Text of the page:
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The Ethical Quest For A Smart Society

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Digitalization and its advancements have made us all dream of an augmented, efficient, data-driven, and sustainable society. A smart society where we all thrive in an urban setting that is centered around individual needs. A life where we act in a thoughtful and environmentally friendly manner.

Such an image is more or less the perception shared by the majority, in which technology blends seamlessly with the urban landscape. Inevitably, it presents a strong potential for a civilization filled with prosperous, happier people, promoting more sustainability and a smarter exploitation of our resources.

Balancing ethics and technology in a smart society

Amidst this digital era, we have for some time now idealized technology’s new opportunities and complex solutions (e.g. IoT and AI) and attempted to apply these to further enhance our daily life. However, even though automation can be used to develop the infrastructure of cities and numerous other things, the clashing of technology and man induces ethical questions. Specifically, AI calls for thorough consideration and addressing of the ethical matters involved, as we all of a sudden find technology controlling machines that coincidentally may cause people harm.

Today, we believe all problems can be solved with the use of technology, unfortunately making us forget to reflect on the consequences, i.e. the ethics. This is exemplified by the use of mass surveillance and its influence on human conduct, which provokes a societal debate of ethics in regard to the technology’s omnipresence. Questions must be raised to identify how politicians and leaders can apply such technology without compromising society and the people.

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My 5 pieces of advice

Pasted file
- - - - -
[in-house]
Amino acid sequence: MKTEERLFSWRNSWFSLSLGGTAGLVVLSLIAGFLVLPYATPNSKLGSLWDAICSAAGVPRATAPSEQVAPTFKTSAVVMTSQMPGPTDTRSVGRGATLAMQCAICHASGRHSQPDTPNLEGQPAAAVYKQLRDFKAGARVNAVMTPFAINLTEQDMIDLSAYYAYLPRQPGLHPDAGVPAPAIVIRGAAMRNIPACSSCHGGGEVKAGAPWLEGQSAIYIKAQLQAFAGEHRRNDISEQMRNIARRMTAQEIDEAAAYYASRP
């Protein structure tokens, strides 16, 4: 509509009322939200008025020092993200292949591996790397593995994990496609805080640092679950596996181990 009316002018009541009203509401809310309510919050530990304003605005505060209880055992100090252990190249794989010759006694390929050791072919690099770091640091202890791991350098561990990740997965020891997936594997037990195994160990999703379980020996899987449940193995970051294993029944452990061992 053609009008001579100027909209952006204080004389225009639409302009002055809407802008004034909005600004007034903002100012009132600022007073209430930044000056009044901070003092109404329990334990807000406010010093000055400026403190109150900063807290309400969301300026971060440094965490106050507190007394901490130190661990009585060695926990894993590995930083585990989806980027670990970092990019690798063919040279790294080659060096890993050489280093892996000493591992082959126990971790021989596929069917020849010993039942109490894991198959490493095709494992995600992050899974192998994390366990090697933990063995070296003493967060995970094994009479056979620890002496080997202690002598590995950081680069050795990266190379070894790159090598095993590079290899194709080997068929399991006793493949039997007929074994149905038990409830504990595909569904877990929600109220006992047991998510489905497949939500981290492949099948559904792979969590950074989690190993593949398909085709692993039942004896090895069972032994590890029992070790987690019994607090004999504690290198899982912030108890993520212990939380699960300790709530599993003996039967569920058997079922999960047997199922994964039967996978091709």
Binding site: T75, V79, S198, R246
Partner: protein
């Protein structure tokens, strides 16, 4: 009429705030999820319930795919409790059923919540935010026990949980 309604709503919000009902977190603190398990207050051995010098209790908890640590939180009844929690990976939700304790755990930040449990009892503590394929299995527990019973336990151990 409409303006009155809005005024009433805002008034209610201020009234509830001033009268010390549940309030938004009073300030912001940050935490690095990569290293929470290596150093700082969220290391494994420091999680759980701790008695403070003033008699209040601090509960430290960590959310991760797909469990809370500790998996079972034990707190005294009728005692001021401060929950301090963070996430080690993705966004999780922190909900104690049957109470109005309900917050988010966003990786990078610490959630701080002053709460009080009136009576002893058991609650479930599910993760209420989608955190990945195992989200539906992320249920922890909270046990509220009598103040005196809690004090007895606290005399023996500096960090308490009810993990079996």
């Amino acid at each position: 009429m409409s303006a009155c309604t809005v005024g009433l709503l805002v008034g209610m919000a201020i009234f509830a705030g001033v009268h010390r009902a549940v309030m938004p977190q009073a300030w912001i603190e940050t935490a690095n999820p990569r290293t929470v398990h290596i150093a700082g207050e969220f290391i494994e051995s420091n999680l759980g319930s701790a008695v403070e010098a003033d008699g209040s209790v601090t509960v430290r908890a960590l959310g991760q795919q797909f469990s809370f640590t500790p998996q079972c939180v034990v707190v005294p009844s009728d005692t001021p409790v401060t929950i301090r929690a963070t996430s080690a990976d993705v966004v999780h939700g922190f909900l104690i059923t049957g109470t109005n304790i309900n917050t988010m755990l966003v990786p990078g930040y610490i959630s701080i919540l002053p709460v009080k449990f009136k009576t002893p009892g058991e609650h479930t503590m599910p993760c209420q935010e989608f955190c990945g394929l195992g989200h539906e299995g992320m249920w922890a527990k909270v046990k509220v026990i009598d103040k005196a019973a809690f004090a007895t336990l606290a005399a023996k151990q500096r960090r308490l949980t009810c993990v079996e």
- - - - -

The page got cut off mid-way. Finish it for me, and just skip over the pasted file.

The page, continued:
Earlier this year, I participated in Stavanger’s conference on smart cities; Nordic Edge, to speak on this exact matter, where I purposefully questioned the current state of ethics in technology aimed to create a stir among the attending leaders. Overall, I provided them with five main pieces of advice in our pursuit towards an ethical society. These are:

  1. Understand surveillance capitalism: Be aware of the technological and financial drivers to avoid societal and commercial conflicts of interest – data is of value to both society and suppliers yet derives from two different business models.
  2. Exploit the benefit of the doubt: Develop a data-ethical culture to mitigate the challenge of constantly preparing for the unknown that data ethics bring.
  3. Understand the specific issues of AI ethics: AI comprises complex technological fields that are difficult to grasp, but we must attempt to avoid bias and create transparency among the applied algorithms
  4. Recognize technology’s limitations: In a society increasingly affected by algorithmic autonomy, we think of technology as infallible, nonetheless, we must acknowledge algorithms to not always be superior to human capabilities.
  5. Design for the people: The idea of a smart city originated from a utilitarian perspective centered around technology, in which the most efficient solutions are to optimize and augment society. This may conflict with our ethical boundaries, prompting us to instead start prioritizing the people. Therefore, design thinking techniques should be implemented in the standard requirements of any organization dealing with smart cities.

Let’s consider the consequences of technological ubiquity

In this digitalized world, people frown upon opinions that oppose advancement and exploitation of technology. Still, we must address the ethical aspects and consequences of its use. It is not certain that an increase in automation, surveillance and number of algorithms will help us make the right decisions. Perhaps it will trigger the contrary; a greater feeling of insecurity and far less human contact may cause a declining quality of life for the individual. Thus, we need to determine what our first priority is; smart societies or ethical societies? I am in favor of the ethical.

Executive Innovation Architect

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